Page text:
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Proposed Student Database Raises Privacy Concerns

Daily Californian | January 25 2005

UC may soon have to provide the federal government with detailed personal information about students if a new proposal to overhaul the way education statistics are gathered is approved within the next year.

The National Center for Education Statistics, a nonpartisan organization that collects data for the U.S. Department of Education, is searching for ways to more accurately gather educational data to keep higher education institutions accountable for student retention and graduation rates.

“The way we collect data now is inefficient and a lot of students sort of fall through the cracks, particularly those who transfer from one state to another, or who drop out and come back to school,” said Mike Bowler, the communications and outreach director for the Institute of Education Sciences, which oversees the statistics center.

The proposal would overhaul the Integrated Postsecondary Education Data System, which currently collects aggregate data about institutions as a whole, including fall enrollment, graduation rates and financial aid levels.

The redesign would eschew institutional data in favor of data about individual students—such as names, social security numbers, tuition and fees paid and financial aid received—to more accurately track students throughout higher education institutions.

“The data we get can be used to help make public policy and to improve federal education programs,” Bowler said. “(The center) would keep the data and submit it in yearly reports or something like that, and policy makers could go from there.”

Proponents of the proposal argue that the result of existing data collection techniques is misleading: Transfer students, for example, are now considered drop-outs when in fact they have only switched schools.

However, some wonder if the benefits of more detailed data outweigh student privacy concerns.

“We do not believe that the price for enrolling in college should be permanent entry into a federal registry,” said Tony Pals, director of public information for the National Association of Independent Colleges and Universities. “We fear that the existence of such a massive registry will prove irresistible to future demands for access and additions to the data for noneducational purposes.”

Still, some higher education officials say the data could prove useful for more effective public policy.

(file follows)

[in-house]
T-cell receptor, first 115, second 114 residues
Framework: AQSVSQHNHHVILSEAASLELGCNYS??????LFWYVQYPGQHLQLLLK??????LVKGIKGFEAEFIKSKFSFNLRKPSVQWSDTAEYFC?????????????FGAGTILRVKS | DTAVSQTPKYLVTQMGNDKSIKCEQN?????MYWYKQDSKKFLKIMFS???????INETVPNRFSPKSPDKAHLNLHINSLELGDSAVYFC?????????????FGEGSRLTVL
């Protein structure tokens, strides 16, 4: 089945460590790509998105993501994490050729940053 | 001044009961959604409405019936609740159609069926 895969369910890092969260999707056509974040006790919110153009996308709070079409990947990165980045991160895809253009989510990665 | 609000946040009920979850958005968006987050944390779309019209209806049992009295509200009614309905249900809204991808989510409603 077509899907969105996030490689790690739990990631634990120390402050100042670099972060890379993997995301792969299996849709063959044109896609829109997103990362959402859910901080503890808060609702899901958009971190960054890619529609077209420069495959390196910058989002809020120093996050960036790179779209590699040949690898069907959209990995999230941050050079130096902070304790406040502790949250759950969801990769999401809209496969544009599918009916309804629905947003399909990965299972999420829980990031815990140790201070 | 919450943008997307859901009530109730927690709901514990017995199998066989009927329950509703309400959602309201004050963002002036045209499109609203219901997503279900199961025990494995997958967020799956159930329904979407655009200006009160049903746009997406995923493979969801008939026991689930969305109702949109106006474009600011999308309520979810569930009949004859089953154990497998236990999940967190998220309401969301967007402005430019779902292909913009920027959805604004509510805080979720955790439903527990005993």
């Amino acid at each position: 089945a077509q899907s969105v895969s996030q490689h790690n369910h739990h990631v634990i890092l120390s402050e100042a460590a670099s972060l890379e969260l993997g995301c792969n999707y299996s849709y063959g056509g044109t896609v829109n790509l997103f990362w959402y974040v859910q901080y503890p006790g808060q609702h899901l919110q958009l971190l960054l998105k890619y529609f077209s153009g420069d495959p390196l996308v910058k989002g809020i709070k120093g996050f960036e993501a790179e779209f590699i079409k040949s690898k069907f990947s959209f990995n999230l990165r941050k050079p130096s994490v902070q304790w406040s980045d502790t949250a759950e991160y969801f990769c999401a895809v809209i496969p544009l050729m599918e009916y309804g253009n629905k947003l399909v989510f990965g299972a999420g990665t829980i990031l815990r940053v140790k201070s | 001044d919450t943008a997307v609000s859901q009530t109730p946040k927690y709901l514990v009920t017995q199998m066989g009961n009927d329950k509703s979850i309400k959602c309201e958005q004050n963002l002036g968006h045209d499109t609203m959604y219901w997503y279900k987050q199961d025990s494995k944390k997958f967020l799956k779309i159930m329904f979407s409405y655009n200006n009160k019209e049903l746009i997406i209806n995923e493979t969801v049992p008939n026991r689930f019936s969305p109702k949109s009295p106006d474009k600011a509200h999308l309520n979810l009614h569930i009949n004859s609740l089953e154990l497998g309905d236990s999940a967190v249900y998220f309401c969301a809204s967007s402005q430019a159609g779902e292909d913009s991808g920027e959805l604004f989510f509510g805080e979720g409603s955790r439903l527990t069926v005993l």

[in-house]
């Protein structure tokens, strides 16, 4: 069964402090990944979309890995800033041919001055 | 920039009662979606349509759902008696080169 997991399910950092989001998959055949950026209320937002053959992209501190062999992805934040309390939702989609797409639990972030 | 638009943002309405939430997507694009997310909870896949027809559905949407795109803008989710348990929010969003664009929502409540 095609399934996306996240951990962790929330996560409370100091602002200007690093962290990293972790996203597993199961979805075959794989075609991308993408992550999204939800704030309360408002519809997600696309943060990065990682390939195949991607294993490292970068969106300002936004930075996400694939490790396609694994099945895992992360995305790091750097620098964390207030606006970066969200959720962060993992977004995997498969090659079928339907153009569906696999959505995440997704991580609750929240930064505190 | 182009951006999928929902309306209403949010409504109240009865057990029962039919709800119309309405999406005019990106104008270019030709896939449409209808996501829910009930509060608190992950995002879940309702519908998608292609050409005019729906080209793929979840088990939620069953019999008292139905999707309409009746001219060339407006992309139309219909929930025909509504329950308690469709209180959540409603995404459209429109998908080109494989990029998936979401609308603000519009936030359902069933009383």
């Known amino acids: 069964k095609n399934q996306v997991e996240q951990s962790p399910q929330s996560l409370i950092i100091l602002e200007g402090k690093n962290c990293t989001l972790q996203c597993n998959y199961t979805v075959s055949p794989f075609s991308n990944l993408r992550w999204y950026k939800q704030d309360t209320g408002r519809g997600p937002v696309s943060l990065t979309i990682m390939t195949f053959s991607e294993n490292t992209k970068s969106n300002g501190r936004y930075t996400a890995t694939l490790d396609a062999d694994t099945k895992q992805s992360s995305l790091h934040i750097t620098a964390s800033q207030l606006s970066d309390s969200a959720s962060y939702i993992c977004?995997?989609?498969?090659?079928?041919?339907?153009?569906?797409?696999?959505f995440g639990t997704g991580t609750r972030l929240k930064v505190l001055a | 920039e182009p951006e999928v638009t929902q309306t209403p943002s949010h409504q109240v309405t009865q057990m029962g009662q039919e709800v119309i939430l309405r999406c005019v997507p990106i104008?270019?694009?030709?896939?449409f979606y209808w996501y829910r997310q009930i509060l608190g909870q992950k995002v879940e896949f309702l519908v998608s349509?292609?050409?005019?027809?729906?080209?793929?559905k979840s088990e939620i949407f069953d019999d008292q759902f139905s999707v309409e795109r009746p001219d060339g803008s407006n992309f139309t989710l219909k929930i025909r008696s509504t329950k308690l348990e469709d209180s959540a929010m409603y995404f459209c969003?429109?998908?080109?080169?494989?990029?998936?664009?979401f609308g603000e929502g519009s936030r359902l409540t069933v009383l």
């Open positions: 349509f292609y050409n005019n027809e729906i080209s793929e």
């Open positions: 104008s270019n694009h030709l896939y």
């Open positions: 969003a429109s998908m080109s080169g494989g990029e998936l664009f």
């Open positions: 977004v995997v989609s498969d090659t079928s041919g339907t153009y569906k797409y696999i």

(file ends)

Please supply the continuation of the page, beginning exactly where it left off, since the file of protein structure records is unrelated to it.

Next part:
“There are some good aspects of this proposal because when we try to look at information about students, we are stymied because different universities use different types of databases,” said George Blumenthal, chair of the UC-wide Academic Senate. “If we have this information, we in the education system and in the government can better formulate public policy regarding education.”

The new system would hold all of the information regarding the United States’ 16.5 million post-secondary students in a centralized database, replacing the multitude of smaller databases in use today.

Despite the apparent benefits for higher education, Blumenthal recognizes that students’ privacy rights may be at risk with the new system.

“There are legitimate concerns about privacy, especially in a world where we are increasingly worried about protecting privacy,” he said. “In an ideal world, the change would have no negative effect on any individual students. In the long run, any effects on students will probably be positive, but in the short run there may be some breaches of privacy.”

The federal government also recognizes the possible privacy infringements, and Bowler said Congress may have to amend the Family Educational Rights and Privacy Act, which protects the privacy of student education records, to sidestep the privacy risks.

But that may not be good enough for some critics.

“The privacy issue is about a student's right to privacy. The idea that students would enter a federal registry by enrolling in college, and could be tracked for the rest of their lives, is chilling,” Pals said. “The proposal begins to take us down the slippery slope toward Big Brother oversight of college students, and of those same citizens beyond their college years.”

The proposal is currently undergoing a feasibility study to ascertain whether it can or should be implemented. If the study recommends the proposal move forward, it would then require approval from Congress as part of the reauthorization of the Higher Education Act next year.